Faith and Truth in Science

These two articles are a pretty interesting juxtaposition. The first, from Slate, takes on the argument that faith is compatible with science:

The conflation of faith as “unevidenced belief” with faith as “justified confidence” is simply a word trick used to buttress religion. In fact, you’ll never hear a scientist saying, “I have faith in evolution” or “I have faith in electrons.” Not only is such language alien to us, but we know full well how those words can be misused in the name of religion.

 It mainly argues on semantic grounds, that the way science uses faith is different from the faith of religion. It’s an argument that should be made, since from my perspective, they address different questions, and attempts to make religion answer questions of “what is” is foolhardy.
But, I do think Coyne glosses over some sticky questions when he says this:
The constant scrutiny of our peers ensures that science is largely self-correcting, so that we really can approach the truth about our universe.
It’s an open question whether science is actually truth seeking or not (second link):
But it is important to guard against the notion, so often merely assumed by working scientists but occasionally trumpeted affirmatively by certain mouthpieces thereof, that the instrumental effectiveness of particular sciences provides prima facie proof that their underlying theories correctly describe the underlying reality of the world they purport to.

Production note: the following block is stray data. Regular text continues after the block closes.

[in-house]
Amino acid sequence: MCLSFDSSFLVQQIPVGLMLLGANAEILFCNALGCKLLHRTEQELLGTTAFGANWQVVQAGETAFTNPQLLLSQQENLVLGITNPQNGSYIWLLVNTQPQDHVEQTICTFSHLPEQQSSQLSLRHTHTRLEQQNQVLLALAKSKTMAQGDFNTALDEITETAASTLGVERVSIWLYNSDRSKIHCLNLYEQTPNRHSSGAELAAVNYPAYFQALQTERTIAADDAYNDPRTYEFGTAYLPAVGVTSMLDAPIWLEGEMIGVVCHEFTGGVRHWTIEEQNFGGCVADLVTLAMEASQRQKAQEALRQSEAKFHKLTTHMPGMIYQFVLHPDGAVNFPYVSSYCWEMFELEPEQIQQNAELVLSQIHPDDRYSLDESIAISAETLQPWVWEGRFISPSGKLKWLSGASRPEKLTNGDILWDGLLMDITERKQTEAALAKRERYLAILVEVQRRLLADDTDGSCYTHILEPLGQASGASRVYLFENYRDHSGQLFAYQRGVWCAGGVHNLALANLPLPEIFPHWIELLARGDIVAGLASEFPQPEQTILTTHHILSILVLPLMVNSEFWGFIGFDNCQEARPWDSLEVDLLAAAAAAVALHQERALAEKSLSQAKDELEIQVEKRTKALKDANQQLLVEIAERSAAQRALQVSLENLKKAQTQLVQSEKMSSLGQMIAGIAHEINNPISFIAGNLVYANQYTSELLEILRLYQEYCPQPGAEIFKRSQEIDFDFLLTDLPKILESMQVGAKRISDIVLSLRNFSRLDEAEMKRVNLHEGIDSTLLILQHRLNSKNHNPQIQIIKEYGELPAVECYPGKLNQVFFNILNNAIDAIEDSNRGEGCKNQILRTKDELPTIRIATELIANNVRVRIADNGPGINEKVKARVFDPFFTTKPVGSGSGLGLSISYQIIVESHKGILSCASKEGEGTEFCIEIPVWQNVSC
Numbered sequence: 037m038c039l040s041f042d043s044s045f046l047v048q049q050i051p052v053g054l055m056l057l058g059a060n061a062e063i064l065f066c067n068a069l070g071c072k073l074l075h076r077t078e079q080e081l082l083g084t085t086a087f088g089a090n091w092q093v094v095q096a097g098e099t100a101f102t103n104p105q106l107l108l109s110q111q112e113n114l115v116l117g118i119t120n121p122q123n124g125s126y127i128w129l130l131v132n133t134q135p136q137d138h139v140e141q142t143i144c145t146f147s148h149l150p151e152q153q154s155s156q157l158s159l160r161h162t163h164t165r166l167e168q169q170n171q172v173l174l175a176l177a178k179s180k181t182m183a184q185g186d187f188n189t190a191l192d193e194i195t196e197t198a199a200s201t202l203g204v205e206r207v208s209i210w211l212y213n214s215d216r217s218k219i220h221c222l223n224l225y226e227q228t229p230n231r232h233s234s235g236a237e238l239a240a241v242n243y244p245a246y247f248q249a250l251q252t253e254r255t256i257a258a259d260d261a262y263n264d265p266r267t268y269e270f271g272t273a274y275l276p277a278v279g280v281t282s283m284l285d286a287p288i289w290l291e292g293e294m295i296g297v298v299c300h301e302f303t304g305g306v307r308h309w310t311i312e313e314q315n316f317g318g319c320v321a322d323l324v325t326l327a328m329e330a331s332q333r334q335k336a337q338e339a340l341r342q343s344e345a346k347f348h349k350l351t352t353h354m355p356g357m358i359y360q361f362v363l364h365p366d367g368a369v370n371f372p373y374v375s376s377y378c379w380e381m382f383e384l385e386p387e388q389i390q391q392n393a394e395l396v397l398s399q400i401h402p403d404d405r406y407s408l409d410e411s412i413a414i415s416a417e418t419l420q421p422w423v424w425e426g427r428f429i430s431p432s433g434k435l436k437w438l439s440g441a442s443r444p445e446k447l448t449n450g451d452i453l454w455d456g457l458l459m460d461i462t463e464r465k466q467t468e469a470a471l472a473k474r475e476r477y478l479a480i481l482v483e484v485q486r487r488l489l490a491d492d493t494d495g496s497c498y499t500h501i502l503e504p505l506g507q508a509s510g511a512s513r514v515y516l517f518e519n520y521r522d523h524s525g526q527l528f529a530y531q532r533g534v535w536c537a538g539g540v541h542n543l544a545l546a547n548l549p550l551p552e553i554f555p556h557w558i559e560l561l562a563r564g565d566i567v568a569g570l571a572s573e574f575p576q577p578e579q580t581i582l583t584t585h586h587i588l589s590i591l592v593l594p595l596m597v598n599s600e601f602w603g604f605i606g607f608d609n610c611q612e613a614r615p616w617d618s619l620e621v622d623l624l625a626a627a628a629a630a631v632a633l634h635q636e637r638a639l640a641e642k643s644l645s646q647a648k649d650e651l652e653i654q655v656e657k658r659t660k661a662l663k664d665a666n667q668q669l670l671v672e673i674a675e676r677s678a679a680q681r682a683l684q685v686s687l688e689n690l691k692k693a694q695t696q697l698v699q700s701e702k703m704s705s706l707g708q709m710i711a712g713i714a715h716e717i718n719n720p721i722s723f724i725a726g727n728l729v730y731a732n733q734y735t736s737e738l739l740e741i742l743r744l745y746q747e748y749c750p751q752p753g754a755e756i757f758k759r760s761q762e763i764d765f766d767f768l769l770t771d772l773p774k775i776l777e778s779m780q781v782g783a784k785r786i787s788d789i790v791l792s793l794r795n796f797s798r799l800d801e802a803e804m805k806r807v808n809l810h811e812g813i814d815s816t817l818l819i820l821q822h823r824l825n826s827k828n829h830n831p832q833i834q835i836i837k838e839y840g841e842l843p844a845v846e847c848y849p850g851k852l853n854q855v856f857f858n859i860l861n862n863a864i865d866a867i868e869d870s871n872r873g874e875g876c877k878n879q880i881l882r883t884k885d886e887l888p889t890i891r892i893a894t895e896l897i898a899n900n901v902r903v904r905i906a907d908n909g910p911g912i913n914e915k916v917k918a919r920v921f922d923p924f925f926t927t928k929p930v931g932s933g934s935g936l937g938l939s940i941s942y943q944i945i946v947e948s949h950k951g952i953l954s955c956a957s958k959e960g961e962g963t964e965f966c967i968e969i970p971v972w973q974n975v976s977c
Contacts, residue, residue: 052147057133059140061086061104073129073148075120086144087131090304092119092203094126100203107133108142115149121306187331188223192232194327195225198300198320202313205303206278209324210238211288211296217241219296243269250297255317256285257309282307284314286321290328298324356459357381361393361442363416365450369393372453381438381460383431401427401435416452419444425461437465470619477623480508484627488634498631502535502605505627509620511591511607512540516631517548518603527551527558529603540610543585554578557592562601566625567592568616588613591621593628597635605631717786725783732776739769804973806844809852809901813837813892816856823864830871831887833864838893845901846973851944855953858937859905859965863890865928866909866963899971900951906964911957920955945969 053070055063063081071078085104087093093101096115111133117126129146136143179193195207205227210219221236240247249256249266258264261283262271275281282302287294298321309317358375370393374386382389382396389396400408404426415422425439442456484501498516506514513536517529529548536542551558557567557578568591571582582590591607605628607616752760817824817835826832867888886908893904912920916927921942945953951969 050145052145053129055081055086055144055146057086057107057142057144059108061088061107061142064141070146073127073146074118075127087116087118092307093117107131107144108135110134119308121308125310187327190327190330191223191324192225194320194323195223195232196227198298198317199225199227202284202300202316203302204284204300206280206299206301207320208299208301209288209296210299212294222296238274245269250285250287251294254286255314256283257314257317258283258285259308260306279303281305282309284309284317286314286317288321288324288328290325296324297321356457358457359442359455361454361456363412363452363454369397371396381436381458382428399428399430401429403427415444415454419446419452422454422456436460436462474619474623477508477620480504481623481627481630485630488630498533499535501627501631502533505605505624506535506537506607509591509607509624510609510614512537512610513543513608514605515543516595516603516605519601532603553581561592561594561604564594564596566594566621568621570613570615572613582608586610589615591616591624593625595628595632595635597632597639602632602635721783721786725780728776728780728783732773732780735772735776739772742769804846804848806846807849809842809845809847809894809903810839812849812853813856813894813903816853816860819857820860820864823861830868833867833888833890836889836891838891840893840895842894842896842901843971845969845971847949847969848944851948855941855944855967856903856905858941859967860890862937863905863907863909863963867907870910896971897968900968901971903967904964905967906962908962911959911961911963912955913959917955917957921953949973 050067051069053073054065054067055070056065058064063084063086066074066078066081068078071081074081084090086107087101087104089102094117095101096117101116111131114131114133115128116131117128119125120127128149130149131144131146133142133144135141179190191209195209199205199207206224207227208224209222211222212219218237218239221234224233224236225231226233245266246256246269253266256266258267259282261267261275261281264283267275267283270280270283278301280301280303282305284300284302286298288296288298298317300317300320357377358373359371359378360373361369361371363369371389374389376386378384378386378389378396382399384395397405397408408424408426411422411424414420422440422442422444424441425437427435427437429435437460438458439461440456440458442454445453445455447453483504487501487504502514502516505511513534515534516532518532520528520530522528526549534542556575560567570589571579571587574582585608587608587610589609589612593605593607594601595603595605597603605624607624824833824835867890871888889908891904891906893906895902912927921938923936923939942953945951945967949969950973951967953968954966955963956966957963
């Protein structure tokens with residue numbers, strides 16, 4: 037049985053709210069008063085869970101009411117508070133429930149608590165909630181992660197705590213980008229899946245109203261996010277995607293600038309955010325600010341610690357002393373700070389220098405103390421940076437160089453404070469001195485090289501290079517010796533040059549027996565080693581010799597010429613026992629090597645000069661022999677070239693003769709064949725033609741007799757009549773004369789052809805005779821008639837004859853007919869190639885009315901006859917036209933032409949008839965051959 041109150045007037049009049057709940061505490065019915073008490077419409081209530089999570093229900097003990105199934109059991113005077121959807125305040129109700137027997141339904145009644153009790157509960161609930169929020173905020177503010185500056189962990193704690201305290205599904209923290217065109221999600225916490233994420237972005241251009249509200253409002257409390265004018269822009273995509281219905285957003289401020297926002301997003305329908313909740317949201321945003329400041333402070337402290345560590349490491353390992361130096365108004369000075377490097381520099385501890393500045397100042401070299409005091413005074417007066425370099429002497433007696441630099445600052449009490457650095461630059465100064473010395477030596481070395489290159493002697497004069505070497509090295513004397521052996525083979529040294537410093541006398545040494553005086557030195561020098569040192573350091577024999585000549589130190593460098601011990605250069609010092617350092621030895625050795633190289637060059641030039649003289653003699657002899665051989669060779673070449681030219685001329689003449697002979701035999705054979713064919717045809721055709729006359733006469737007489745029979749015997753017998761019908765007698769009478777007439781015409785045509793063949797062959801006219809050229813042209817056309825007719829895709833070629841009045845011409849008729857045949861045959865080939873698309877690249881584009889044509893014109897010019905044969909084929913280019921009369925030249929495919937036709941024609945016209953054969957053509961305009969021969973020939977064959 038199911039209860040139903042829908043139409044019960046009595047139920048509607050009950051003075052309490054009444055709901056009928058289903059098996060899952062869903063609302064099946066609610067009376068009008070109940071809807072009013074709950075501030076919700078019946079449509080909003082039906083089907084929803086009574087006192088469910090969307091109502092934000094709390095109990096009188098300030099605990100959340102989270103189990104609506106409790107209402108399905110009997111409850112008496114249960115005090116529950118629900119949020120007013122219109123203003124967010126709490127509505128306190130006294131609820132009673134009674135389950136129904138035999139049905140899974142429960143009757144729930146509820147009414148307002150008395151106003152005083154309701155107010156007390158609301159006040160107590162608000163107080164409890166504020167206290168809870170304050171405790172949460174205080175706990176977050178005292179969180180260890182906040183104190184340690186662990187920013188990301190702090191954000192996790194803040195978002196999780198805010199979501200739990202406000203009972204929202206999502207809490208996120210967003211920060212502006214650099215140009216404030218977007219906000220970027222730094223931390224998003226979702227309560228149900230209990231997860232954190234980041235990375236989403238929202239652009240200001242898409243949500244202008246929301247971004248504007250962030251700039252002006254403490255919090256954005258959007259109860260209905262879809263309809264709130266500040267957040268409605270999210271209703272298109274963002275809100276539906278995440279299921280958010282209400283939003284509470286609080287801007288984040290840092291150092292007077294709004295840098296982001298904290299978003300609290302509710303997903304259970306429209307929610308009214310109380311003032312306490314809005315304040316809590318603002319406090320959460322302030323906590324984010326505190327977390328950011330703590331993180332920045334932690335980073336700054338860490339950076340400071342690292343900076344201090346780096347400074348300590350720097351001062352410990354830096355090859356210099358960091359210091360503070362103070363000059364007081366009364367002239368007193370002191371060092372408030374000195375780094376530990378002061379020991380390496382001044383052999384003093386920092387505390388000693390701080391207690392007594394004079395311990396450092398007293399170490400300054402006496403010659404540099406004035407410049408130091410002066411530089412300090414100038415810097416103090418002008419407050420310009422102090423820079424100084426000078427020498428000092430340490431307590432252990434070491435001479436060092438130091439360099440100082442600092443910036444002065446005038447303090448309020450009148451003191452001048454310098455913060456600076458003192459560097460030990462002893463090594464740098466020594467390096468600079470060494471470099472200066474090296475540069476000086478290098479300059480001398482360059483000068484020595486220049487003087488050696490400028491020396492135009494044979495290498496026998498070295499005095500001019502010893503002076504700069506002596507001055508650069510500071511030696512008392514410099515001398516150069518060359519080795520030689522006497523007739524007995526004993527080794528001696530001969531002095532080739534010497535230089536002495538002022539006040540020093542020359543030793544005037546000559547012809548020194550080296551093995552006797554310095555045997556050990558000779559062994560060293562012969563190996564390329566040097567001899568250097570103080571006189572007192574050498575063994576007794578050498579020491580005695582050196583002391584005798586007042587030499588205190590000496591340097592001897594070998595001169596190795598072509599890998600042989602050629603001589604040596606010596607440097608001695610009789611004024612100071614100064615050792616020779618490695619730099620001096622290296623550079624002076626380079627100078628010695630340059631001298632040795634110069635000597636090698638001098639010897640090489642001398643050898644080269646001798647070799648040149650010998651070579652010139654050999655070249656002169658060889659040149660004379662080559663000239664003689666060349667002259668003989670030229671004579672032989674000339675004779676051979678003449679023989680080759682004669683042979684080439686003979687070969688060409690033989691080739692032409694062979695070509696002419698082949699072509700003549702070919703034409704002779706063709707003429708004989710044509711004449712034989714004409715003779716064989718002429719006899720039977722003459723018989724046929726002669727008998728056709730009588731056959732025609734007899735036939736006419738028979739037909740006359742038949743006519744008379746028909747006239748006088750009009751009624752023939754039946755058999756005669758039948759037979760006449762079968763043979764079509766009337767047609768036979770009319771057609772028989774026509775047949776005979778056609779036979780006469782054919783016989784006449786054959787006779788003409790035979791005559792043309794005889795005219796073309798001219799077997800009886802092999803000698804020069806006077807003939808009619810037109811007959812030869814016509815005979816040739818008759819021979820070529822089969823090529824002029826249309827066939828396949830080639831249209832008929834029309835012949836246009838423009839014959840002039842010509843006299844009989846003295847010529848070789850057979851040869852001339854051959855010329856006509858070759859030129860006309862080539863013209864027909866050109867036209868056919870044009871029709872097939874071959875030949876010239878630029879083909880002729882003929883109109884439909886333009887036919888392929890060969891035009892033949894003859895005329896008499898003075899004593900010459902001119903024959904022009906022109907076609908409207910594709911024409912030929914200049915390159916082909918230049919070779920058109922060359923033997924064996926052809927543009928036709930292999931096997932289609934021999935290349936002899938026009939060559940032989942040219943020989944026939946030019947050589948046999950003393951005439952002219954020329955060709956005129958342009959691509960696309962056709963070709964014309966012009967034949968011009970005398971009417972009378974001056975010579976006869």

Whether science is or isn’t approaching the truth about our universe is an open question. For science to describe the nature of the universe truthfully, it would have to answer questions that are taken for granted in the course of normal scientific work.
But science is not immune to the challenges of representation and interpretation which all human attempts to discover and describe the nature of reality are subject to. Science cannot finesse the influences and distortions which its practice by real human beings in real social contexts impose on it. Science cannot evade the problems of justification raised by choices driven more by aesthetics and intellectual convenience—like the preference for theories which are beautiful or which satisfy Occam’s Razor—rather than any a priori necessity. Science possesses no special defenses against the radical skepticism which calls into question our very relation to the world and each other. Science, in other words, does not hold a privileged position outside the core intellectual puzzles of human cognition and relation to reality.
All of this isn’t to say that science isn’t useful, or unsuccessful. So much of what we can do today is because of science.
But there’s a leap of faith that takes place when you say science describes the truth about the universe.

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